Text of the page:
Sinn Féin has claimed that the Government has been "bounced" into delaying hikes to road tolls, after Cabinet agreed to defer the planned rise in tolls on motorways for six months until 1 July.

It follows controversy over an increase of at least 10c, which was due to take effect in January.

It is understood deferring the increase will cost in the region of €12.5m, which is being absorbed by the State.

Minister for Further and Higher Education Simon Harris told RTÉ's News at One, that it is "right and proper" that the funds will be provided by the Department of Public Expenditure and Reform.

"The three party leaders in Government were very eager to solve this in a way that helped commuters, helped hauliers, but also didn't take money away from public transport budgets and I think the decision we have arrived at today is a sensible and balanced one," he said.

The planned increase would have meant a 10c hike on most tolls, 20c on the M50 and 30c on the M50 for motorists without tags.

The issue provoked significant political opposition as it was due to come into effect during the cost-of-living crisis.

Sinn Féin's transport spokesperson Darren O'Rourke has tabled a motion to scrap the planned price hikes.

"The Government needs to recognise we are living in a cost-of-living crisis, and workers and businesses are struggling with transport costs," he said.

Mr O'Rourke said Government has made an "eleventh hour intervention to defer charges", and that it is "as clear as day they were bounced into this" by political and public pressure.

The hikes are a "crazy proposal", he said, and delaying them serves only to "kick the can down the road" and "fails to provide the certainty required" by families.

The Public-Private Partnerships used on roads "are a relic of the Fianna Fáil cowboy era of poor planning", he said.

Minister of State at the Department of Transport Hildegarde Naughten,responded that the Government will not be opposing the Sinn Féin motion as its objective "is in line" with Government concerns, but she took issue with some of the points which had been raised.

Toll revenue is used for motorway maintenance, and not for building new roads, she said.

Of the ten toll roads on the national road network, she noted that eight are operated by Public Private Partnerships, while the M50 and Dublin Tunnel are operated directly on behalf of Transport Infrastructure Ireland.

Haulage sector facing costs of up to €8m

President of the Irish Road Haulage Association Eugene Drennan said that the decision to defer the planned increase in tolls is "very welcome news".

Mr Drennan said that had the increase gone ahead it would have cost the haulage sector up to €8m.

Speaking to RTÉ's News at One, he said: "We welcome it very much so, because the figures for us were a good bit higher than 10 cent, and the cumulative added-up figure is very significant to the supply chain of Ireland.

"Within the contract for the toll roads there is also a discount mechanism for volume users, which they've never given us and never allowed so we will be seeking a meeting with TII to trash that out,

"But for today it's very welcome news and that the Government had a refresh and looked at it wisely."

Department 'instructed to engage with TII'

Transport Infrastructure Ireland (TII) said that the Department of Transport have been instructed to engage with them "to explore the possibility of deferring" the introduction of increases to toll charges.

Peter Walsh, CEO of TII, told the Joint Committee on Transport and Communications that if he reads his opening statement, which was prepared before the Government's announcement, the committee may appreciate "the level of uncertainty that there is around it still".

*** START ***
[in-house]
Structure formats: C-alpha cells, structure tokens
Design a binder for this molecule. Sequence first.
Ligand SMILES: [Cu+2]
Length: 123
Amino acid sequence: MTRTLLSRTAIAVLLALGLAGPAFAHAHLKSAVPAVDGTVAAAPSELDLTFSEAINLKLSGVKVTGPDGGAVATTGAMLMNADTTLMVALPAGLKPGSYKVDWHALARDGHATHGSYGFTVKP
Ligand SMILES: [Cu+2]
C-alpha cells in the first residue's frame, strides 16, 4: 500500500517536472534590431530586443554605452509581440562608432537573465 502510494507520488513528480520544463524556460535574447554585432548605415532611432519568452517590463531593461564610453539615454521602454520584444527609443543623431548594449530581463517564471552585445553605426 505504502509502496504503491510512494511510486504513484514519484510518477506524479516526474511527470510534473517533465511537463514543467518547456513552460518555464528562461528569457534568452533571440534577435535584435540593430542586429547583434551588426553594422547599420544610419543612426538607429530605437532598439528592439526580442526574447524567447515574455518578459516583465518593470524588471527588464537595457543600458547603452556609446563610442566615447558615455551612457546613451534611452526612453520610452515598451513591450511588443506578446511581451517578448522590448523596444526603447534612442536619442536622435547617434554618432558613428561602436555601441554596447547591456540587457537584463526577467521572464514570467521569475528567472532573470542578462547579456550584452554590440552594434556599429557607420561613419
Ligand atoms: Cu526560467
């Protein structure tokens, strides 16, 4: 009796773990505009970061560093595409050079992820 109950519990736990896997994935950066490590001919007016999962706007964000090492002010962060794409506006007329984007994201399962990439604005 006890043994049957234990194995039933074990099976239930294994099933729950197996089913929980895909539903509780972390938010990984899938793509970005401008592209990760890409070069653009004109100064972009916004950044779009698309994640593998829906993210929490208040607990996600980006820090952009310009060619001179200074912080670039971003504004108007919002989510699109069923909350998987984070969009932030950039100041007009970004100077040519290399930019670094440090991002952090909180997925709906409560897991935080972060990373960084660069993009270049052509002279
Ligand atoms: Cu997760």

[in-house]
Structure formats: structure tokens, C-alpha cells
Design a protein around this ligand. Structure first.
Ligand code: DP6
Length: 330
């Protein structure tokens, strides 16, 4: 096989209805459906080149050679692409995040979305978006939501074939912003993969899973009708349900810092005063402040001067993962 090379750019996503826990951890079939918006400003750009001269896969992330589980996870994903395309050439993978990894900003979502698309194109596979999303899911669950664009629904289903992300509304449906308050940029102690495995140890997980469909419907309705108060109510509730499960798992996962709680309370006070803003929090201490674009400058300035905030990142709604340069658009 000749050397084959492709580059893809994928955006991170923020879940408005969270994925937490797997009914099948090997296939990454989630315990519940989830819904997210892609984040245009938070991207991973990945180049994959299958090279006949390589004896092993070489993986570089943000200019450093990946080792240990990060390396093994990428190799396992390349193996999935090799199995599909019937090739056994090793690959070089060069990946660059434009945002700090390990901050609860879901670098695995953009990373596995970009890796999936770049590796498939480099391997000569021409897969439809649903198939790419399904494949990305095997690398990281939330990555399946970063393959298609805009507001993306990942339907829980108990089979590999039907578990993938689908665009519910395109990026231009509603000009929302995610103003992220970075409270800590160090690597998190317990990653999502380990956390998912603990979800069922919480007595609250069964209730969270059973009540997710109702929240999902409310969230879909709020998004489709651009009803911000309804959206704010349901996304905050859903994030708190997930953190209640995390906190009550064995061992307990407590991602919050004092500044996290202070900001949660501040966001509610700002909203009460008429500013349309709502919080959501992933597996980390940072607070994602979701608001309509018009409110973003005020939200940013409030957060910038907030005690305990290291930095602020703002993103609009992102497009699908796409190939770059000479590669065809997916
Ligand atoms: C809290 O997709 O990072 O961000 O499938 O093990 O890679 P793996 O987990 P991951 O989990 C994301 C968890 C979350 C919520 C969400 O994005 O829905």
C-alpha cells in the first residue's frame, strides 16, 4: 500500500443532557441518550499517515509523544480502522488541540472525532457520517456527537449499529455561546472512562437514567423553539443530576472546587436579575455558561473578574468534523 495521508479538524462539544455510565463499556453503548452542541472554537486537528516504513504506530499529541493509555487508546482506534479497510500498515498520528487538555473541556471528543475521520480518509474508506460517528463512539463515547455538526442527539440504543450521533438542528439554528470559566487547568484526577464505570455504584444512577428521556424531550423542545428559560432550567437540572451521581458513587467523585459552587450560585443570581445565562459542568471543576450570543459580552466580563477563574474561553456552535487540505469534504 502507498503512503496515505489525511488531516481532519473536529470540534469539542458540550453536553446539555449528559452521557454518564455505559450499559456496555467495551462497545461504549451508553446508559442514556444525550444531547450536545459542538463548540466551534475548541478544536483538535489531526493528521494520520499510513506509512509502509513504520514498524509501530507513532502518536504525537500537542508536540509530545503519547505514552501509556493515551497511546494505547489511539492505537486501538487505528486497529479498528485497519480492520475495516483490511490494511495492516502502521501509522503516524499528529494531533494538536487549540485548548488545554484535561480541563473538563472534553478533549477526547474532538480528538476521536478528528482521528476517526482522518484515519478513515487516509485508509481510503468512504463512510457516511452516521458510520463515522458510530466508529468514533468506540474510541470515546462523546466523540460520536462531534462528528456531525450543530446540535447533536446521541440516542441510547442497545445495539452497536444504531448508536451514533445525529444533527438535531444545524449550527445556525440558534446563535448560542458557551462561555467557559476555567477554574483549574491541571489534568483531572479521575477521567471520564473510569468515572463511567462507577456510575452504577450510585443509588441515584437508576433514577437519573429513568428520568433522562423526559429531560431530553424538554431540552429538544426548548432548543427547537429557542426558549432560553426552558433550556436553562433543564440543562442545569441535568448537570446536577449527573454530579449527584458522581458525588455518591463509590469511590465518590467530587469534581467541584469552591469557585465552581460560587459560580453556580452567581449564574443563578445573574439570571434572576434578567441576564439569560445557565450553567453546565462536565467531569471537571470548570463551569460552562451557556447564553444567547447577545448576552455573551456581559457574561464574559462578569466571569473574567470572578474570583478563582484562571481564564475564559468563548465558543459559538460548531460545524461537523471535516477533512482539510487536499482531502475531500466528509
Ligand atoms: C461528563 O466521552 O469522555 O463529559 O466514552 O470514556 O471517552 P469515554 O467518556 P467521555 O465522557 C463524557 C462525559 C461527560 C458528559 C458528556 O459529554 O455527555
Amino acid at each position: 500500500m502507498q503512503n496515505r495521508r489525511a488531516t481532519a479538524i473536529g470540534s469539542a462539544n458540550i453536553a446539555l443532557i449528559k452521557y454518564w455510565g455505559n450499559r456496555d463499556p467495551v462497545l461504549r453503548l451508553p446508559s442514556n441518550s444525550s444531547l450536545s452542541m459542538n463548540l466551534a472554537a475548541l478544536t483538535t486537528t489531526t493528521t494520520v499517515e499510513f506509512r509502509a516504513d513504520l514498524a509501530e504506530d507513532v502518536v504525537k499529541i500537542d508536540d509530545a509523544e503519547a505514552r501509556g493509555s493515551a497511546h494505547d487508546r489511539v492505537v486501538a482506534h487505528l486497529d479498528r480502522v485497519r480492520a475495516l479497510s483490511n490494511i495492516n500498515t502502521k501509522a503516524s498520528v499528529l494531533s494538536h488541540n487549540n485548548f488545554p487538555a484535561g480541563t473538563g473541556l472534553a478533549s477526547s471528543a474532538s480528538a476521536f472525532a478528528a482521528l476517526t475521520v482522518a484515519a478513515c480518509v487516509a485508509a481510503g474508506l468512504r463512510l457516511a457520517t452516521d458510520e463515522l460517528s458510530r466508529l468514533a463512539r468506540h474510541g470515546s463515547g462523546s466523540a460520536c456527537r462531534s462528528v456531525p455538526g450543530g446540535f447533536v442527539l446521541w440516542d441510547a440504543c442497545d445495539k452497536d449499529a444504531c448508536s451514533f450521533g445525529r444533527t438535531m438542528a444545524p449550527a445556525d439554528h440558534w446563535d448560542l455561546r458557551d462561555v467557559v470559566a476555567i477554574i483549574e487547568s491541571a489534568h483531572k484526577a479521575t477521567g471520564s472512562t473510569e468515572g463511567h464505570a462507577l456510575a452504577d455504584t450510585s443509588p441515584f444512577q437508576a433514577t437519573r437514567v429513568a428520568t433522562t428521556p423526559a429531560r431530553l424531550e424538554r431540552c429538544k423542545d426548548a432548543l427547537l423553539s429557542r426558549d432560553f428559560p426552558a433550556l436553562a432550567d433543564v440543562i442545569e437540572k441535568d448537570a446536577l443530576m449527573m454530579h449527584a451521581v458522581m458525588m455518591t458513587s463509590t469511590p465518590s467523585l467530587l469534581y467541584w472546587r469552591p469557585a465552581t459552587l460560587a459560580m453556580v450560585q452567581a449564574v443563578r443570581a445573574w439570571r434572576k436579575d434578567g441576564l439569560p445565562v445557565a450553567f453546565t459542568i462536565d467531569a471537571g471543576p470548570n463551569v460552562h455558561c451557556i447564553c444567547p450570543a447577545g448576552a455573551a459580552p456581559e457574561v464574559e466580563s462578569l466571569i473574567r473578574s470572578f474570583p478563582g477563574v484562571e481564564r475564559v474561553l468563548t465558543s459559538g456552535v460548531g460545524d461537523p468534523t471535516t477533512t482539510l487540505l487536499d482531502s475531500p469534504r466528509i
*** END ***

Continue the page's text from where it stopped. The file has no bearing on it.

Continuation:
"Events, dear boy, I suppose might have updated your opening statement," Committee Chair Kieran O'Donnell said, as he invited Mr Walsh to deliver his statement.

He then noted that Mr Walsh indicated that the deferral was "conditional".

Mr O'Donnell said that the public have the impression that the deferral is definite.

Mr Walsh said that "TII does not have the right to prevent the PPP company from raising the toll charges" as long as they obey bye-laws.

Toll revenue is used to repay loans held by the 8 PPPs; the outstanding debt as of 31 December 2021 is €731m approx.

They employ 250 people.

TII does not have the right to unilaterally change the operation of tolls or increases, and any change "would have to be the subject of negotiation".

TII's experience is that PPP's would not enter into detailed discussion without getting legal advice "which their lenders would likely insist on".

Cathal Masterson, Director of Commercial Operations at TII read a statement sent by the Department of Transport to the agency.

It said that following a meeting of Government leaders last night, "the Minister for Transport Eamon Ryan has directed that officials in the Department of Transport engage with TII to develop options that might allow for the suspension of the planned toll inceases until the end of June".

Mr Walsh said he met with Government officials this morning to discuss this.

Asked if €12.5m is an accurate figure, Mr Walsh said the number was mentioned, but "the cost of the deferral is yet to be determined".

"We don't want to give the impression that we can get this over the line for a specific number," he said, because there are administration and legal costs, among other things.

"We can't impose this," he said.

Mr Walsh said "if any one of them disagree, they are entitled to levy the increases" in January,

Mr Masterson said all eight PPPs have agreed to enter discussions, with a view to finalising this quickly, but they will need to get approvals from boards and possibly lenders, so "that could be a hurdle".

The boards could meet by the "15th or 16th of December", he added.

But lenders can take time to approve, Mr Masterson said.

Additional reporting Mícheál Lehane